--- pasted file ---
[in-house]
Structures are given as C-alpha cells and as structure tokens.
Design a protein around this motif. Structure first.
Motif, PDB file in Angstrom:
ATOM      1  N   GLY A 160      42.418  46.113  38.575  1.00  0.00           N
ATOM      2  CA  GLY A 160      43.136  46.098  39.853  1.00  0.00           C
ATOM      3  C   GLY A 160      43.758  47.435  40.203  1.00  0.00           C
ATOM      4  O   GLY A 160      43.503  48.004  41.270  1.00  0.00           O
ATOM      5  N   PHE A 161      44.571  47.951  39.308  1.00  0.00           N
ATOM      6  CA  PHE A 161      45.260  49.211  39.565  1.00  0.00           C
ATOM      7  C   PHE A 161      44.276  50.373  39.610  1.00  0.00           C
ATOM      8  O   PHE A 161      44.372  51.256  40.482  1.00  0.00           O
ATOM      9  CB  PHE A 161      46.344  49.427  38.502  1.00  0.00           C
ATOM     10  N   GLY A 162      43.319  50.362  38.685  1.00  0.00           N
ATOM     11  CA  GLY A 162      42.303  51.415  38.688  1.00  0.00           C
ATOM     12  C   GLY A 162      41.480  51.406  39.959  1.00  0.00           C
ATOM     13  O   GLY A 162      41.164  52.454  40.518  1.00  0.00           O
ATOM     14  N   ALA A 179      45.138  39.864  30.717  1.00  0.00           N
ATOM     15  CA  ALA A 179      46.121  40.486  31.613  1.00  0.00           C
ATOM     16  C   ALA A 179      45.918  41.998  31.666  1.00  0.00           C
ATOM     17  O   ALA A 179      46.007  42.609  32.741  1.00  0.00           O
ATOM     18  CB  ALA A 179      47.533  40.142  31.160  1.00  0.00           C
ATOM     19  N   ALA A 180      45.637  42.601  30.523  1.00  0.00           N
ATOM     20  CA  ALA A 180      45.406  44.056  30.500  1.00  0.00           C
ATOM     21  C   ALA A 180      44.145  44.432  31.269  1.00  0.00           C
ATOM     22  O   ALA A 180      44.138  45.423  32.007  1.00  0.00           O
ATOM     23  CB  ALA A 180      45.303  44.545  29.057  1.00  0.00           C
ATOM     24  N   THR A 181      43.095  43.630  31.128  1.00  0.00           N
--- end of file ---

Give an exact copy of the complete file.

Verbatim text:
[in-house]
Structures are given as C-alpha cells and as structure tokens.
Design a protein around this motif. Structure first.
Motif, PDB file in Angstrom:
ATOM      1  N   GLY A 160      42.418  46.113  38.575  1.00  0.00           N
ATOM      2  CA  GLY A 160      43.136  46.098  39.853  1.00  0.00           C
ATOM      3  C   GLY A 160      43.758  47.435  40.203  1.00  0.00           C
ATOM      4  O   GLY A 160      43.503  48.004  41.270  1.00  0.00           O
ATOM      5  N   PHE A 161      44.571  47.951  39.308  1.00  0.00           N
ATOM      6  CA  PHE A 161      45.260  49.211  39.565  1.00  0.00           C
ATOM      7  C   PHE A 161      44.276  50.373  39.610  1.00  0.00           C
ATOM      8  O   PHE A 161      44.372  51.256  40.482  1.00  0.00           O
ATOM      9  CB  PHE A 161      46.344  49.427  38.502  1.00  0.00           C
ATOM     10  N   GLY A 162      43.319  50.362  38.685  1.00  0.00           N
ATOM     11  CA  GLY A 162      42.303  51.415  38.688  1.00  0.00           C
ATOM     12  C   GLY A 162      41.480  51.406  39.959  1.00  0.00           C
ATOM     13  O   GLY A 162      41.164  52.454  40.518  1.00  0.00           O
ATOM     14  N   ALA A 179      45.138  39.864  30.717  1.00  0.00           N
ATOM     15  CA  ALA A 179      46.121  40.486  31.613  1.00  0.00           C
ATOM     16  C   ALA A 179      45.918  41.998  31.666  1.00  0.00           C
ATOM     17  O   ALA A 179      46.007  42.609  32.741  1.00  0.00           O
ATOM     18  CB  ALA A 179      47.533  40.142  31.160  1.00  0.00           C
ATOM     19  N   ALA A 180      45.637  42.601  30.523  1.00  0.00           N
ATOM     20  CA  ALA A 180      45.406  44.056  30.500  1.00  0.00           C
ATOM     21  C   ALA A 180      44.145  44.432  31.269  1.00  0.00           C
ATOM     22  O   ALA A 180      44.138  45.423  32.007  1.00  0.00           O
ATOM     23  CB  ALA A 180      45.303  44.545  29.057  1.00  0.00           C
ATOM     24  N   THR A 181      43.095  43.630  31.128  1.00  0.00           N